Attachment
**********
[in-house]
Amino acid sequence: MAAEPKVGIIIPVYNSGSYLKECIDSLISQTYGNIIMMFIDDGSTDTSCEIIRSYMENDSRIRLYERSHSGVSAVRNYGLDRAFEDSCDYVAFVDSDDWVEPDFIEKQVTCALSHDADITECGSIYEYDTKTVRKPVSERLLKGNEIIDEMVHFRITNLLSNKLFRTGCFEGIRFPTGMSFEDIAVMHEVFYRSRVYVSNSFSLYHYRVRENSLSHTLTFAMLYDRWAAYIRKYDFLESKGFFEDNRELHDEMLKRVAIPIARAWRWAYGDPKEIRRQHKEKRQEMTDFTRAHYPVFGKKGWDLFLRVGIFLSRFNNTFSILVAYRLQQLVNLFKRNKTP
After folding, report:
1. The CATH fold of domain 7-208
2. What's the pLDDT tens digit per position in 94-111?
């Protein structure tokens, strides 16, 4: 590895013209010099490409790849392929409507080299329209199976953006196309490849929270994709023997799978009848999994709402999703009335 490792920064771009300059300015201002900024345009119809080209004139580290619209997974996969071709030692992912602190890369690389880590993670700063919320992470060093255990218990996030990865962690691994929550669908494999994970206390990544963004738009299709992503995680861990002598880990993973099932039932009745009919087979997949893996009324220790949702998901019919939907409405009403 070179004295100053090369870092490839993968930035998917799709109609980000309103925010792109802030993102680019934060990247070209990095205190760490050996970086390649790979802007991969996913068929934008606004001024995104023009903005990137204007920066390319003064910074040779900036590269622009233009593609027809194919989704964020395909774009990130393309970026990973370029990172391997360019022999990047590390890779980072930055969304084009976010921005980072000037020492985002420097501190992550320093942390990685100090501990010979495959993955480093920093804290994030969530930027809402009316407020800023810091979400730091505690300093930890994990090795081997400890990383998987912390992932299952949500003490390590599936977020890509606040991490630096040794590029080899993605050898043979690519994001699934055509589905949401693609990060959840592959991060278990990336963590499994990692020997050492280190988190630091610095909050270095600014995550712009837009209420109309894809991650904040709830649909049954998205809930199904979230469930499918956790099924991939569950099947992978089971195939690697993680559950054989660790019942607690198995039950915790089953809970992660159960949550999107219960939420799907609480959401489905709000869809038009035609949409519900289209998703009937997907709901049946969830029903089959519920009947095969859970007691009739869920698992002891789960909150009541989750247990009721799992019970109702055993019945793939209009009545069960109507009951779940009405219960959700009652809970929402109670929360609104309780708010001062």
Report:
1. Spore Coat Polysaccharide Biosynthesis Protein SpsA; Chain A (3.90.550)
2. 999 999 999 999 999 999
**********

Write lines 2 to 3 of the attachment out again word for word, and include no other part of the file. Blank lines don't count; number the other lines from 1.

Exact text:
Amino acid sequence: MAAEPKVGIIIPVYNSGSYLKECIDSLISQTYGNIIMMFIDDGSTDTSCEIIRSYMENDSRIRLYERSHSGVSAVRNYGLDRAFEDSCDYVAFVDSDDWVEPDFIEKQVTCALSHDADITECGSIYEYDTKTVRKPVSERLLKGNEIIDEMVHFRITNLLSNKLFRTGCFEGIRFPTGMSFEDIAVMHEVFYRSRVYVSNSFSLYHYRVRENSLSHTLTFAMLYDRWAAYIRKYDFLESKGFFEDNRELHDEMLKRVAIPIARAWRWAYGDPKEIRRQHKEKRQEMTDFTRAHYPVFGKKGWDLFLRVGIFLSRFNNTFSILVAYRLQQLVNLFKRNKTP
After folding, report: